Let G = $Z_4$ x $Z_6$ be the direct product of cyclic groups $Z_4$ and $Z_6$. Let N = <(2,3)> be a normal subgroup of G. Show that G/N $\simeq$ $Z_{12}$

What I have so far..

Given that |N| = 2, the order of $|G/N| = |G|/|N| = 24/2 = 12 = 2^{2}$*$3$

The number of abelian groups = $p^{(2)}$$p^{(1)}$ = 2

So the order 12 abelian groups are : $Z_4$ x $Z_3$ and $Z_2$ x $Z_2$ x $Z_3$

From this, I claim G/N $\simeq$ $Z_{12}$

How would I prove this from what I have so far? Thanks in advance.

  • $\begingroup$ By the Chinese Remainder Theorem, $\mathbb{Z}_{12} \cong \mathbb{Z}_{4} \times \mathbb{Z}_{3}$. Hence, one strategy would be to demonstrate an element of order $4$ in the quotient group to differentiate it from $\mathbb{Z}_{2}\times \mathbb{Z}_{2} \times \mathbb{Z}_{3}$. Alternatively, you can specify a generator to show that $G/N$ is cyclic. $\endgroup$ – Alex Wertheim Dec 14 '14 at 17:51
  • $\begingroup$ Why do you think your group is isomorphic to $\mathbb{Z}_4\times\mathbb{Z}_3$ rather than $\mathbb{Z}_2\times\mathbb{Z}_2\times\mathbb{Z}_3$? $\endgroup$ – paw88789 Dec 14 '14 at 17:59
  • 1
    $\begingroup$ @paw88789: doesn't the element $(1, 3)$ have order $4$ in the quotient group? $\endgroup$ – Alex Wertheim Dec 14 '14 at 18:02
  • $\begingroup$ @AWertheim: Good point! I need to practice my quotient groups. $\endgroup$ – paw88789 Dec 14 '14 at 18:05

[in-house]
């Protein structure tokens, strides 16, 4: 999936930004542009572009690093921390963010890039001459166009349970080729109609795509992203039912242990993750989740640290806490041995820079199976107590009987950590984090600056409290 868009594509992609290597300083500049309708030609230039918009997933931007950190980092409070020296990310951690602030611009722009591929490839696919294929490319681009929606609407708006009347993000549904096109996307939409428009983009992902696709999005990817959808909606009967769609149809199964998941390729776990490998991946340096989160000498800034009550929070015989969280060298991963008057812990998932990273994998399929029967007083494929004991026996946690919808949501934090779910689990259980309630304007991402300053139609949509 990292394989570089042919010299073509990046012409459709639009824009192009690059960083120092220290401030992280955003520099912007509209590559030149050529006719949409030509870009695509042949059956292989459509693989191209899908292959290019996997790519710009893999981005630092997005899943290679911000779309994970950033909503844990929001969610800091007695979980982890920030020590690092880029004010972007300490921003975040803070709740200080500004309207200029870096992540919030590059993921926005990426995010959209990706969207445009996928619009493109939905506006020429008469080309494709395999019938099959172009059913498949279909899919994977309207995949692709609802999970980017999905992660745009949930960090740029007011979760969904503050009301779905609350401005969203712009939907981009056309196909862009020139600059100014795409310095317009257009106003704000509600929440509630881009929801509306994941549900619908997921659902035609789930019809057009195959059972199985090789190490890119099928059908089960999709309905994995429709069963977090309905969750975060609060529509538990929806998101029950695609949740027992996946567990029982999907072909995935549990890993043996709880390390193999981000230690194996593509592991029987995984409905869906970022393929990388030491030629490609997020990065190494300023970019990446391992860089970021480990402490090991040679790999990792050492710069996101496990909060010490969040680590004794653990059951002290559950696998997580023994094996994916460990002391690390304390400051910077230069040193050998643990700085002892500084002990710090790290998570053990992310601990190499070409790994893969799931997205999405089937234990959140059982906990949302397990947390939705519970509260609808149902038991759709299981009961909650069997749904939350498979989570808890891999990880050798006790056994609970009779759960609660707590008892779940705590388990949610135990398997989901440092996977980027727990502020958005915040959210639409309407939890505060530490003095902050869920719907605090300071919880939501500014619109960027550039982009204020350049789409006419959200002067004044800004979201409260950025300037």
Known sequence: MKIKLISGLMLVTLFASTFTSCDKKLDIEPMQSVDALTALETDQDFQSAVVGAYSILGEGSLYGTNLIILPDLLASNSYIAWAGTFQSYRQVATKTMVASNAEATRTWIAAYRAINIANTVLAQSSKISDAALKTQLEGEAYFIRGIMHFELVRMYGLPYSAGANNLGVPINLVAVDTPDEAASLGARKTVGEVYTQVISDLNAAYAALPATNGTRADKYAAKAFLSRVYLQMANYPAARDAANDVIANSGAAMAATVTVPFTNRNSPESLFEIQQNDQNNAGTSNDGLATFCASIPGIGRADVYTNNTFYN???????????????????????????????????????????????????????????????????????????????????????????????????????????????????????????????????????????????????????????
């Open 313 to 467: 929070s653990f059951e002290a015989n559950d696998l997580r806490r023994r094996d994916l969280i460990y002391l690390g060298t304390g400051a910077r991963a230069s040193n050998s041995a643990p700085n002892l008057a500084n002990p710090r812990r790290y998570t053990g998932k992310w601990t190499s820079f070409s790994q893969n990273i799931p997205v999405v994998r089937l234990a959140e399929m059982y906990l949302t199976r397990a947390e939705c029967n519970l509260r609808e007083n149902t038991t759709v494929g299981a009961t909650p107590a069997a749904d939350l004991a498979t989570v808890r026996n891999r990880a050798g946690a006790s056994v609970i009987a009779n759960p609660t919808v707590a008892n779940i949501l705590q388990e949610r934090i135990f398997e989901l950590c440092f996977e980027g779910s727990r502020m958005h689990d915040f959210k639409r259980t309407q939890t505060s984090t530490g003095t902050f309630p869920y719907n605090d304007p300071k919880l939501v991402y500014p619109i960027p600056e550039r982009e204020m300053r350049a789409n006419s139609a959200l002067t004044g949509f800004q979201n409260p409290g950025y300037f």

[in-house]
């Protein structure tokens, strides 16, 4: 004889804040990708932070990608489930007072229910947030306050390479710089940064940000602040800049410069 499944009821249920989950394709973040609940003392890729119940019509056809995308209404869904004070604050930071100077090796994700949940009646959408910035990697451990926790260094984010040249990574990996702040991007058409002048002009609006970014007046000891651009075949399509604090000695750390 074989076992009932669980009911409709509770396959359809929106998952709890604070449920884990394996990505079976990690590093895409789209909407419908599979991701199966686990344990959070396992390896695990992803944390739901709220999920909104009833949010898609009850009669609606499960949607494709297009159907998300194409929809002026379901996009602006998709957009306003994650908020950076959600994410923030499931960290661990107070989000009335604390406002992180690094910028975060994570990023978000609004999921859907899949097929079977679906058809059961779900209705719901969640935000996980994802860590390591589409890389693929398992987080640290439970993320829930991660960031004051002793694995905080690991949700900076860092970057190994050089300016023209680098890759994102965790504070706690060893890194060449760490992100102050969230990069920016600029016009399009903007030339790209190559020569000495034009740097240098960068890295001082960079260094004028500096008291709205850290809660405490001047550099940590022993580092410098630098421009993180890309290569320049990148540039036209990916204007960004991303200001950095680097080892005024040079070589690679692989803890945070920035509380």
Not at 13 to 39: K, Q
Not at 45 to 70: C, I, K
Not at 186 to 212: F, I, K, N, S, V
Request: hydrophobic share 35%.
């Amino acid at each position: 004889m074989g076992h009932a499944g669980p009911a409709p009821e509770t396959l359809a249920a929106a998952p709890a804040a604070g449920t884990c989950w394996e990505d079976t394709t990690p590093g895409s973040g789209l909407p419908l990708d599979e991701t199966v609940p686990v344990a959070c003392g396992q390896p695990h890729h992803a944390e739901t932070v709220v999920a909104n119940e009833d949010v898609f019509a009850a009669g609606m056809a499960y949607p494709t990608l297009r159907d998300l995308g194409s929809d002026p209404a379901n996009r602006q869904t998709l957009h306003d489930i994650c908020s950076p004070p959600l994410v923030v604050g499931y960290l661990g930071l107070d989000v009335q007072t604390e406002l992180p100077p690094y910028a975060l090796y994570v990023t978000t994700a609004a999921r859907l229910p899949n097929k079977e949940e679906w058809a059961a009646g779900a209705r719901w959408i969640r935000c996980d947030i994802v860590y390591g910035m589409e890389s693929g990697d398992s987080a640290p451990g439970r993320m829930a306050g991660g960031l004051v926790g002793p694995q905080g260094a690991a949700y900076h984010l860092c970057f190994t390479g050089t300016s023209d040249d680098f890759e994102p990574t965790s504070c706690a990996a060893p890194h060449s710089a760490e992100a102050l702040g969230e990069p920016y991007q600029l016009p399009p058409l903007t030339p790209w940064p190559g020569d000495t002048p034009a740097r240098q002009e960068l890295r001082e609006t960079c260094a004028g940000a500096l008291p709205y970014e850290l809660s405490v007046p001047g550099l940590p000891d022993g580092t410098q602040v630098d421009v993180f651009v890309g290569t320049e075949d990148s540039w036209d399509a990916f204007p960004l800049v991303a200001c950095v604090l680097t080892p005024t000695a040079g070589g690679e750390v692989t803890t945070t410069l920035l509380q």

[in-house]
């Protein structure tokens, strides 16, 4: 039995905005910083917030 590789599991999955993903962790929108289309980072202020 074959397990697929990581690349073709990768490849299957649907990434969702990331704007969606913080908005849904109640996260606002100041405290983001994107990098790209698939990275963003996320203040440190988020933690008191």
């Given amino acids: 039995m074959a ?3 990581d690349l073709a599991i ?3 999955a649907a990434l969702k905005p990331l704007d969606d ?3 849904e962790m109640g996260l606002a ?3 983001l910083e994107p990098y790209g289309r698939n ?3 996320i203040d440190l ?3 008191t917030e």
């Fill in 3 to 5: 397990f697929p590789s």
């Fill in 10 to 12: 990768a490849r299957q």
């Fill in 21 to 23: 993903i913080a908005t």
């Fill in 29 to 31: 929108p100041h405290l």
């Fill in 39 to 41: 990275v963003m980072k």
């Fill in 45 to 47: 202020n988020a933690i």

• $\begingroup$ Sorry, I'm a bit confused. Why do I have to demonstrate that there is an element of order 4? What does this signify? Also, a silly question but why does (1,3) have order 4 and not 2? $\endgroup$ – Squires McGee Dec 14 '14 at 18:35

A straightforward consequence of Lagrange's Theorem tells us that $|G/N|=12$.

The idea now is to construct a morphism $$ \varphi\colon G\to\mathbb{Z}_{12} $$ such that $ker(\varphi)=N$. So by the first isomorphism theorem we deduce the result.

Since $G$ and $\mathbb{Z}_{12}$ are $\mathbb{Z}$-module we can extend by linearity the morphism defined by $$ (1,0)\mapsto 3,\ (0,1)\mapsto 2 $$ It is easy to check that $N=ker(\varphi)$.

  • $\begingroup$ Nice answer, +1 :) $\endgroup$ – Alex Wertheim Dec 14 '14 at 18:04
  • $\begingroup$ Yep, very elegant. Thanks everyone. $\endgroup$ – Squires McGee Dec 14 '14 at 19:22
  • $\begingroup$ Good answer. @Squires, this is a good approach to any question dealing with an isomorphism like this. The first isomorphism theory pops up all over the place. In fact, it's often called the Fundamental Homomorphism Theorem. $\endgroup$ – JeffW89 Dec 14 '14 at 21:02
  • $\begingroup$ Got it, thanks Jeff. I did go through over that theorem, didn't see it's application here until now. $\endgroup$ – Squires McGee Dec 14 '14 at 22:16

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